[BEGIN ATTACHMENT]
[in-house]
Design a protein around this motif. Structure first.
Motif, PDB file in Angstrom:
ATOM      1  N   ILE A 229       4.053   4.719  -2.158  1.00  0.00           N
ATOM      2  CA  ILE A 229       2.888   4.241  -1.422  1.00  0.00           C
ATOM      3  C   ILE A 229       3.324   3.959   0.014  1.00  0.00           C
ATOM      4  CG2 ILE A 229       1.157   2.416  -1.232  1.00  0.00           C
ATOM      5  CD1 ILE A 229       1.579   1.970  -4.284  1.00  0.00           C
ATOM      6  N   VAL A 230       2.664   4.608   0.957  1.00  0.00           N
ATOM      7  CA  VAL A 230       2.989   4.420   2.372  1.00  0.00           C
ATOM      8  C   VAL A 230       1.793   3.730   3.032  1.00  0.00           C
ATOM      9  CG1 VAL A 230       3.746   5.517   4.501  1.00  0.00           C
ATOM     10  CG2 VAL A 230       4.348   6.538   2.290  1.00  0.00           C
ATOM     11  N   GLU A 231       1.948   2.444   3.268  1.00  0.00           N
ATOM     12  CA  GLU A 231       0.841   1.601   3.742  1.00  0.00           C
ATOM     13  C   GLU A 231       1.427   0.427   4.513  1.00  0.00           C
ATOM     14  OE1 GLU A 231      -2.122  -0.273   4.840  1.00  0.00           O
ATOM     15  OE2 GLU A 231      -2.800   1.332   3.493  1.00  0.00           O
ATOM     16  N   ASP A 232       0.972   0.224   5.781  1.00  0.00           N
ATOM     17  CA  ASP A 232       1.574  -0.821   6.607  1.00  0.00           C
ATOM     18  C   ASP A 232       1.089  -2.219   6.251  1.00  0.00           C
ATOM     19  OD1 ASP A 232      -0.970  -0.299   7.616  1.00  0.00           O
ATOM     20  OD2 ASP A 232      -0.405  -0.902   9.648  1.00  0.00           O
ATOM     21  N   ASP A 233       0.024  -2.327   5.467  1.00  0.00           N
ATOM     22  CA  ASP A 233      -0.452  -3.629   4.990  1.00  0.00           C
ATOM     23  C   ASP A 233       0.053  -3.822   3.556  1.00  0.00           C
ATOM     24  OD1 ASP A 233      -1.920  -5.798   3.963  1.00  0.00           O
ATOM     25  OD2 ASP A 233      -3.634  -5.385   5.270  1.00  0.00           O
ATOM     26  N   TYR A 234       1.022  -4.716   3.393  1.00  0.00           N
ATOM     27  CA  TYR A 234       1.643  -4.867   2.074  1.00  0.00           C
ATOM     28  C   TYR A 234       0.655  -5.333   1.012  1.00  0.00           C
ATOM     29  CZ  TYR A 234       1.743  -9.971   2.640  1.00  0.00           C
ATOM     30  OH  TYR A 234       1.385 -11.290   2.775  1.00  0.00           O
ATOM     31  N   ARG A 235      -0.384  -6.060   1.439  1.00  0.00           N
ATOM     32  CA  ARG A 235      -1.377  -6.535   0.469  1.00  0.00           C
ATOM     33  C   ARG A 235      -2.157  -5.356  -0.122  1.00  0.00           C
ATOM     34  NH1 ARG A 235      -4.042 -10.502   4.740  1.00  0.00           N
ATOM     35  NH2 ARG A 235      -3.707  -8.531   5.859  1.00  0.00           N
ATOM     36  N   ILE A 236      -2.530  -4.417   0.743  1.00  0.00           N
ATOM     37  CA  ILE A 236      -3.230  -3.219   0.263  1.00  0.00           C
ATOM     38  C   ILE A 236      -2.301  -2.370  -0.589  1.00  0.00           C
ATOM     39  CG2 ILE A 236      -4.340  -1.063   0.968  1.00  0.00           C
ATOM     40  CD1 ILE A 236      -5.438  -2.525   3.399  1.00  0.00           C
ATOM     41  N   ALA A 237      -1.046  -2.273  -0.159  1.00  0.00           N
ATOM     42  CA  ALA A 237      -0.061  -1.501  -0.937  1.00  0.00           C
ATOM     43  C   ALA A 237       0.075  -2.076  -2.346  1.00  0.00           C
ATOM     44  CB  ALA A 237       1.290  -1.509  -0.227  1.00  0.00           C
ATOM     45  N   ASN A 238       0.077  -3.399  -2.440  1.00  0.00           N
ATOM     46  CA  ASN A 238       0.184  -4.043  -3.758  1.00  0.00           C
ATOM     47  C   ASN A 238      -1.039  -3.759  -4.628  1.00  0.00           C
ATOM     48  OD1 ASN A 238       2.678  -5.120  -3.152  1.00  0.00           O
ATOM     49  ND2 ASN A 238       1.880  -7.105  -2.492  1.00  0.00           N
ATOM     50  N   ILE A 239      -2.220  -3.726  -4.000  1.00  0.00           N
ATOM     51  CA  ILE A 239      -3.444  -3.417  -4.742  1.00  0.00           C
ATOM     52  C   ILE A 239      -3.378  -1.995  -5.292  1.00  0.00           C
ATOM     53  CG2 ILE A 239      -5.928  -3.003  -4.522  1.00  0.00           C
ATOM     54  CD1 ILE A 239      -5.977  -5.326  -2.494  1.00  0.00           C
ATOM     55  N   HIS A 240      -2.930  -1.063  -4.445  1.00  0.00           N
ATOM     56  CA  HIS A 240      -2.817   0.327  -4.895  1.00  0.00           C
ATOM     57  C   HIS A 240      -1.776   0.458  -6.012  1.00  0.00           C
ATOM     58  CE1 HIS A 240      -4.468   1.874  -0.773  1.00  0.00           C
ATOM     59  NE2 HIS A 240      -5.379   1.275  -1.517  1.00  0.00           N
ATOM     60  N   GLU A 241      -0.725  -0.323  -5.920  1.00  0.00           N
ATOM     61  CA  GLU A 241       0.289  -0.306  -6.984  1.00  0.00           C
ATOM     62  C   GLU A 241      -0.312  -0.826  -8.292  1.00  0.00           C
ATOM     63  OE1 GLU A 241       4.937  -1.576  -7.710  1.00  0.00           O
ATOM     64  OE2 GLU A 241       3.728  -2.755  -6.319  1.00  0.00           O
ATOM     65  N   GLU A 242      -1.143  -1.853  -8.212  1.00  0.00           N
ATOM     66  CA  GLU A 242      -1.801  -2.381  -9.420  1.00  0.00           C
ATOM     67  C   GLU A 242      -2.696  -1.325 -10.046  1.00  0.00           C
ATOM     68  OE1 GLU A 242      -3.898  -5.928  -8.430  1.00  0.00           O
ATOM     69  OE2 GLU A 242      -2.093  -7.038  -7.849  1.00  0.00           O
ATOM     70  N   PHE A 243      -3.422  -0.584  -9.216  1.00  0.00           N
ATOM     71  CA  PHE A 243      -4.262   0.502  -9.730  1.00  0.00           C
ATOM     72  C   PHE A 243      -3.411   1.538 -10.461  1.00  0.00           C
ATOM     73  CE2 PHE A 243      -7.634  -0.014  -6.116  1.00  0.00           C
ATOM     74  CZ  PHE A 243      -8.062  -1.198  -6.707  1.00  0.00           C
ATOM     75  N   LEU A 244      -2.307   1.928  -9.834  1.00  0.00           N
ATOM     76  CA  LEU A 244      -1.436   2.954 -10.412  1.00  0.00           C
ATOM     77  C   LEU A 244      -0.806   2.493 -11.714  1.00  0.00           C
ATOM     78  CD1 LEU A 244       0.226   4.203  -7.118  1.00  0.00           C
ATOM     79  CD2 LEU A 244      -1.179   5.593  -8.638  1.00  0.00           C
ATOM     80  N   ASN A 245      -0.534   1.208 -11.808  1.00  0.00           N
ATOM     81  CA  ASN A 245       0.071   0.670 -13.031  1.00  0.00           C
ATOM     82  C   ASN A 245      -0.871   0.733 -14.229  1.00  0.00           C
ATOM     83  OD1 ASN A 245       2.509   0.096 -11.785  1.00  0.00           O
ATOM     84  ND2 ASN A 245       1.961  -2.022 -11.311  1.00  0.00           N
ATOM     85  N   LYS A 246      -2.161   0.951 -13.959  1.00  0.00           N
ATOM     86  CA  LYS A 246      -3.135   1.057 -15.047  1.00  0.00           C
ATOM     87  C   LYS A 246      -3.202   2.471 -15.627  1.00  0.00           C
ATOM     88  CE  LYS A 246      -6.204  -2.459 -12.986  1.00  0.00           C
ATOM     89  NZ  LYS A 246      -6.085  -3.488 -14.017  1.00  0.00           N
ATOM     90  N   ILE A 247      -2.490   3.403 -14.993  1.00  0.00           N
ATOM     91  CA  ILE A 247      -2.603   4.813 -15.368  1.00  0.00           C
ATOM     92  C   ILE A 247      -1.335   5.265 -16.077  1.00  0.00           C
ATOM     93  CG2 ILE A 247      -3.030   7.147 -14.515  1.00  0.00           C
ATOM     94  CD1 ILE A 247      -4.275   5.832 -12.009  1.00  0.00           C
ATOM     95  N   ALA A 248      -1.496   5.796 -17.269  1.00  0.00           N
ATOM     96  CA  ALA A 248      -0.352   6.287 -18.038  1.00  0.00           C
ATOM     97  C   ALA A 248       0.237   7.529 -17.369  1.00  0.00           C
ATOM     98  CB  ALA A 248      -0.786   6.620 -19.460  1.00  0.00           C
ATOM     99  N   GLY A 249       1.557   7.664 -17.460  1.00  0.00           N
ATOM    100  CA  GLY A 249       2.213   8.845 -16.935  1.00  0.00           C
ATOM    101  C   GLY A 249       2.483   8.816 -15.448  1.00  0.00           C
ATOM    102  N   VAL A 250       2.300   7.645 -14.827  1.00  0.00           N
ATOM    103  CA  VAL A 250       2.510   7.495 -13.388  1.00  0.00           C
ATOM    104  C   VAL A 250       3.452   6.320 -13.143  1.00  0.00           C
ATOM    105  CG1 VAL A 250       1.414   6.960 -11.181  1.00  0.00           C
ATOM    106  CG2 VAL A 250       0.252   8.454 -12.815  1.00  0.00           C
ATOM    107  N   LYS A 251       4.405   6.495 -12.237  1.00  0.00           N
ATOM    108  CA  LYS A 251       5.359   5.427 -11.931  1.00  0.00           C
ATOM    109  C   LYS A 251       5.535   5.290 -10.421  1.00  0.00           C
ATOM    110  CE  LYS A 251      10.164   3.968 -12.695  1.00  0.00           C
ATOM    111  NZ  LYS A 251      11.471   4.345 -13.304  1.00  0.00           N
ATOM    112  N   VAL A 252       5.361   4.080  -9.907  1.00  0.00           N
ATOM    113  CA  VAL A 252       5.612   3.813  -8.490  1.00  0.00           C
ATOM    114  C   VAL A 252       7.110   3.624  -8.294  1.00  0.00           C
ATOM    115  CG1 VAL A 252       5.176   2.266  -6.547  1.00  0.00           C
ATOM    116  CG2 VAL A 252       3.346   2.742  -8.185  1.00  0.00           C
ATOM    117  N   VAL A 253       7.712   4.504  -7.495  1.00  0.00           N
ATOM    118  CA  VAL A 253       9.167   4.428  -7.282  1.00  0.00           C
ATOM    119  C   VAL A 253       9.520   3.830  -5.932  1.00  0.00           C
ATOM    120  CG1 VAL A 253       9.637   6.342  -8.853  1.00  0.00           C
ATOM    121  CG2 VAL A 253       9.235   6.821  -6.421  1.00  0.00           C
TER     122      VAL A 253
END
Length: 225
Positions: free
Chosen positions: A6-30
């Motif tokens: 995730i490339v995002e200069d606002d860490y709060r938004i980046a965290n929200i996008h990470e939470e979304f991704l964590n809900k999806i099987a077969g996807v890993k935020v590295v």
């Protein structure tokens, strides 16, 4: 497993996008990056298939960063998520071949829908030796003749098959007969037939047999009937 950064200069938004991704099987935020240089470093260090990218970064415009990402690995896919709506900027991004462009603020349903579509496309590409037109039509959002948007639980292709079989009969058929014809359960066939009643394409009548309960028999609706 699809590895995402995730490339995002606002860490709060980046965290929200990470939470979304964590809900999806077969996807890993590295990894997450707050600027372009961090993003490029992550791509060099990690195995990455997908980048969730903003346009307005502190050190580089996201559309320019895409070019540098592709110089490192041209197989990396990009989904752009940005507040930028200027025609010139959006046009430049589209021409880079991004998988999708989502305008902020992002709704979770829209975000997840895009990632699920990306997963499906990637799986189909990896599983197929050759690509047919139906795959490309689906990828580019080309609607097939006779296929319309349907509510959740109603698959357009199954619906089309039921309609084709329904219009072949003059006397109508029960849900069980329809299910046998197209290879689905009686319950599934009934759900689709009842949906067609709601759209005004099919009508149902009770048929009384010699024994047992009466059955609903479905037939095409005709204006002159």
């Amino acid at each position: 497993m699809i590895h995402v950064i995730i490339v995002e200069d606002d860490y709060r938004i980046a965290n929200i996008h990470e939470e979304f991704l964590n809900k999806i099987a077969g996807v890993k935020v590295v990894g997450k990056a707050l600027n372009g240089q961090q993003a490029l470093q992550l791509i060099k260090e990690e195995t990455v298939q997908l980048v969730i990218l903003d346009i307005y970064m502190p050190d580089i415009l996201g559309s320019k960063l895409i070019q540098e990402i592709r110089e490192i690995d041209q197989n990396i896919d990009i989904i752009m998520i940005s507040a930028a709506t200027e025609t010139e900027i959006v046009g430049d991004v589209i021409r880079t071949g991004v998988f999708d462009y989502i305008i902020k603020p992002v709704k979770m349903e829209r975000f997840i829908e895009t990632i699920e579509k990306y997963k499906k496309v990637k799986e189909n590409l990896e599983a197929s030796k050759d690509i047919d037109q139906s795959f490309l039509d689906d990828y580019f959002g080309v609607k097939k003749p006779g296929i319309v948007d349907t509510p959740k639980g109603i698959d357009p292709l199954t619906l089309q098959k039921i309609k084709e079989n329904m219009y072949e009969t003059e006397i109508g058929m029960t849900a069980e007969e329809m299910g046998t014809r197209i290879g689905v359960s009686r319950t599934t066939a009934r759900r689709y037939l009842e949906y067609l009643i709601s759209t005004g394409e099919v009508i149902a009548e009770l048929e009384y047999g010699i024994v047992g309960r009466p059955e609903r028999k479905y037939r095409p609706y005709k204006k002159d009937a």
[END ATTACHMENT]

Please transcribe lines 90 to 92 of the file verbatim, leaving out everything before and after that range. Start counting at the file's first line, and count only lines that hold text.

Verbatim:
ATOM     87  C   LYS A 246      -3.202   2.471 -15.627  1.00  0.00           C
ATOM     88  CE  LYS A 246      -6.204  -2.459 -12.986  1.00  0.00           C
ATOM     89  NZ  LYS A 246      -6.085  -3.488 -14.017  1.00  0.00           N